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Dyreza Banking Trojan Retooled to Target Supply Chain Businesses

2015-10-01 10:10

The Dyreza banking trojan is slowly evolving into an all-business trojan after it changed in time to target companies that activate in different economic fields.

While in the beginning the trojan was highly efficient at exfiltrating credentials for online banking accounts, Dyreza's creators have evolved their methods, mainly to stay ahead of cyber security solutions, but also to broaden their scope and be able to steal information from a larger target base.

Dyreza, first detected in the summer of 2014, has been observed in the past targeting online banking services, job hunting portals, file hosting websites, domain registration services, website hosting tools, file hosting solutions, tax services, and online retail shops.

A new campaign targeting warehouses, supply chains, and orders fulfillment companies

Proofpoint researchers are now warning of a new campaign, which they first spotted on September 17 and has targeted over 20 companies involved in the warehousing and orders supply chain sector.

The Dyreza trojan seems to have been modified specifically for this campaign, coming hard-coded with login credential triggers for supply chain software manufactured by companies like Apple, Iron Mountain, OtterBox, Badge Graphics Systems, Four51, Aero Fulfillment, and a few others.

In this most recent campaign, infection occurs via classic spam emails. Victims will receive an email with the "You have received a secure e-mail" subject line, that also comes with an MS Word file attachment.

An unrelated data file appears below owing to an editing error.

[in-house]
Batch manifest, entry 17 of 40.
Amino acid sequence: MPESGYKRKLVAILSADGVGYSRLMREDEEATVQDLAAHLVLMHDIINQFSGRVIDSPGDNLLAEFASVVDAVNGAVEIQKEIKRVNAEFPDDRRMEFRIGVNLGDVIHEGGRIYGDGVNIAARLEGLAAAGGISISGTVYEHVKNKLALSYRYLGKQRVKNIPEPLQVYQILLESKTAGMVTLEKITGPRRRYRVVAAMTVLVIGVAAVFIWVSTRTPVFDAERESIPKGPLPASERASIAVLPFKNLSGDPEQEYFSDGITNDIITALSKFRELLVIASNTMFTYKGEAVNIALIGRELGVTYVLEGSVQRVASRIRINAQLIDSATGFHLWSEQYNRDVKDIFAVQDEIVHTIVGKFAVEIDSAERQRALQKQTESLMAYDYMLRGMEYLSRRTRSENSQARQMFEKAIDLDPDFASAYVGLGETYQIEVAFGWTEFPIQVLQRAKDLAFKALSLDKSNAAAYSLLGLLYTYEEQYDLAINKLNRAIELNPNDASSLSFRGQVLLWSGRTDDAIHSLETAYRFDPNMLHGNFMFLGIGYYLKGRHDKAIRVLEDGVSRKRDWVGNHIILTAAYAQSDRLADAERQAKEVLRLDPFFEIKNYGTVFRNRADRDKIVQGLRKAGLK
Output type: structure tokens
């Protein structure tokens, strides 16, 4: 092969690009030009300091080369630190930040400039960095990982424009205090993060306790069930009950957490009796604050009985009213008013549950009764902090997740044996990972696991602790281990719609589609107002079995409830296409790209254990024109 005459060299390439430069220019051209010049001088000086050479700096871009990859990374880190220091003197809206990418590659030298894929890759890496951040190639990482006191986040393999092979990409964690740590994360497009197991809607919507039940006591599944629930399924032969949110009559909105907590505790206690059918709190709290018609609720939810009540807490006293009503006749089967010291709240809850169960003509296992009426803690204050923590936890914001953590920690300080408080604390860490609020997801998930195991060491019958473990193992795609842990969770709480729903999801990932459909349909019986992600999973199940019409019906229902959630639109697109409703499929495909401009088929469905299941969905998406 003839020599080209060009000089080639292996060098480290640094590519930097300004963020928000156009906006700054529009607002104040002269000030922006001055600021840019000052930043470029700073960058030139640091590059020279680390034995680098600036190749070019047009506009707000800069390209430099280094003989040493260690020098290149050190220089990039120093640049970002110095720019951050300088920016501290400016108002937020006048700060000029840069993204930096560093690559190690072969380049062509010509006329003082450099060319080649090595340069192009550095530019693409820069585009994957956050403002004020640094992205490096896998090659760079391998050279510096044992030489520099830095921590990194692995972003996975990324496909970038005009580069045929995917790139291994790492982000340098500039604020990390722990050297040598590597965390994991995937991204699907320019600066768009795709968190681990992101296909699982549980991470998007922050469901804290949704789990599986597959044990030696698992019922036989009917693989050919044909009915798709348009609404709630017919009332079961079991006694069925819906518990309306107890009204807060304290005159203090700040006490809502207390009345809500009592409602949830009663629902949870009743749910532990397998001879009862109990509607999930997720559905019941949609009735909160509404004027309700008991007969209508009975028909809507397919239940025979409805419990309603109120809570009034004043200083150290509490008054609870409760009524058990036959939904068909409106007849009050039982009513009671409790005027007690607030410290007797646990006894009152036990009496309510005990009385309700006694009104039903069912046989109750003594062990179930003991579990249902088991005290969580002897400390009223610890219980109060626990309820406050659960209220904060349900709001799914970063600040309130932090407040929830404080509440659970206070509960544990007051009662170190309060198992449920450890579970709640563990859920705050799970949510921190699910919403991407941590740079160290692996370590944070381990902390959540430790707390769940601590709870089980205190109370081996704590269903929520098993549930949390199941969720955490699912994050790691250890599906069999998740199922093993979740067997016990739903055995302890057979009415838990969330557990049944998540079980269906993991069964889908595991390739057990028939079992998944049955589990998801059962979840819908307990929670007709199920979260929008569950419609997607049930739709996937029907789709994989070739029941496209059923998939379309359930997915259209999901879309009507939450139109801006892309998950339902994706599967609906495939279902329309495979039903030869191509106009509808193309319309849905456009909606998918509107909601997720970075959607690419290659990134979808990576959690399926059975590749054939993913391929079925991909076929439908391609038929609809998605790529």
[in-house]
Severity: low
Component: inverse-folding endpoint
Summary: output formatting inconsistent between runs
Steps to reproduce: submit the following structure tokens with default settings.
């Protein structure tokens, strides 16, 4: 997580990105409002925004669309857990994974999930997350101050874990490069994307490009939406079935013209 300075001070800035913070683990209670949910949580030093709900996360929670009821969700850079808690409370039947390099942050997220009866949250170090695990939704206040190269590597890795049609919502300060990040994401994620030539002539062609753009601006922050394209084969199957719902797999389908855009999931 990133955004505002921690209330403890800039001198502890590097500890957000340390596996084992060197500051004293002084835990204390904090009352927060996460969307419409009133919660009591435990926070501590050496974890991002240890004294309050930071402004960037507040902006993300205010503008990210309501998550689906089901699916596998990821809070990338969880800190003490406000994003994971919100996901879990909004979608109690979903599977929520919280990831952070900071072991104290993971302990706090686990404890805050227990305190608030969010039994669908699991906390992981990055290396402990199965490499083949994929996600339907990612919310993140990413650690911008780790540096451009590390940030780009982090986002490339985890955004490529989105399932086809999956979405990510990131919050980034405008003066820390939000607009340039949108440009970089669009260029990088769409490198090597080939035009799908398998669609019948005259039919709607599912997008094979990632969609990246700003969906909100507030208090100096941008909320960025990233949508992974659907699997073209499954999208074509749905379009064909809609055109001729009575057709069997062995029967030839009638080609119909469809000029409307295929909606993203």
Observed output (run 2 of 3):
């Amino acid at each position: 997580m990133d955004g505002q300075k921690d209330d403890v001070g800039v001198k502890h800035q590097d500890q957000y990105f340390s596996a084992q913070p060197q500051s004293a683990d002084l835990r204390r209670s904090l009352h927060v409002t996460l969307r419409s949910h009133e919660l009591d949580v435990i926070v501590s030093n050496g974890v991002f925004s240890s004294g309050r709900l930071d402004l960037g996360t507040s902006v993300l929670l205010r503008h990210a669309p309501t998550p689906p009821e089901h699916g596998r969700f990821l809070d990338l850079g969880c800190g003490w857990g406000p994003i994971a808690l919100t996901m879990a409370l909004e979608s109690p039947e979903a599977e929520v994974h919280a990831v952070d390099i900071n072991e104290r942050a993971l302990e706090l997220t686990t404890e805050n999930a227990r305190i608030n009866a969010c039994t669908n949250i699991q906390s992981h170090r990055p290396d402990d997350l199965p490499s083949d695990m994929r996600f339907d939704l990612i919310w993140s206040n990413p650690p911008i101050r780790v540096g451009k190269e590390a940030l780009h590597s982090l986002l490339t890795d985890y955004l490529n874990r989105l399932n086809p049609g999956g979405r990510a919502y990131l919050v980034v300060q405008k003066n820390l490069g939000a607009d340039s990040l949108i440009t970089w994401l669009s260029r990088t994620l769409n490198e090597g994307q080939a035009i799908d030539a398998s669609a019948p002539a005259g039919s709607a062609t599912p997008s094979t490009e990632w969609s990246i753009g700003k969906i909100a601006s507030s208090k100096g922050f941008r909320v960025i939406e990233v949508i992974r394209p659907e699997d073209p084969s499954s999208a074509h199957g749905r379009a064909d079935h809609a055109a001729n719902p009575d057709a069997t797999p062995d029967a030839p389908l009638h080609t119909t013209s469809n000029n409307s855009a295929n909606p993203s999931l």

Dyreza infects users via malicious email attachments

The email also instructs users to open the attachment, only if they're connected to the Internet. Once the Word document opens, users are asked to activate the software's "Macros" feature to be able to view the encoded content.

This is because the file is rigged to run a Word macro which downloads a payload on the user's computer. This secondary payload usually downloads the Upatre downloader, a malware string specialized in downloading and installing other malware.

Doing its due diligence, Upatre downloads and installs the Dyreza malware.

Once on the infected machine, Dyreza stays hidden, waiting for users to open one of the "theft trigger" URLs. When this happens, all captured data is sent to its C&C server.

Sample Dyreza spam email
Sample Dyreza spam email


Source: CZlx2bvRXZy1ibhp2byRXLn5War5WYi1SY6Vmc5R2LzdXZu9SbvNmLhlGZlBHdm92cuM3dl52LvoDc0RHa/ca.ssr.dps

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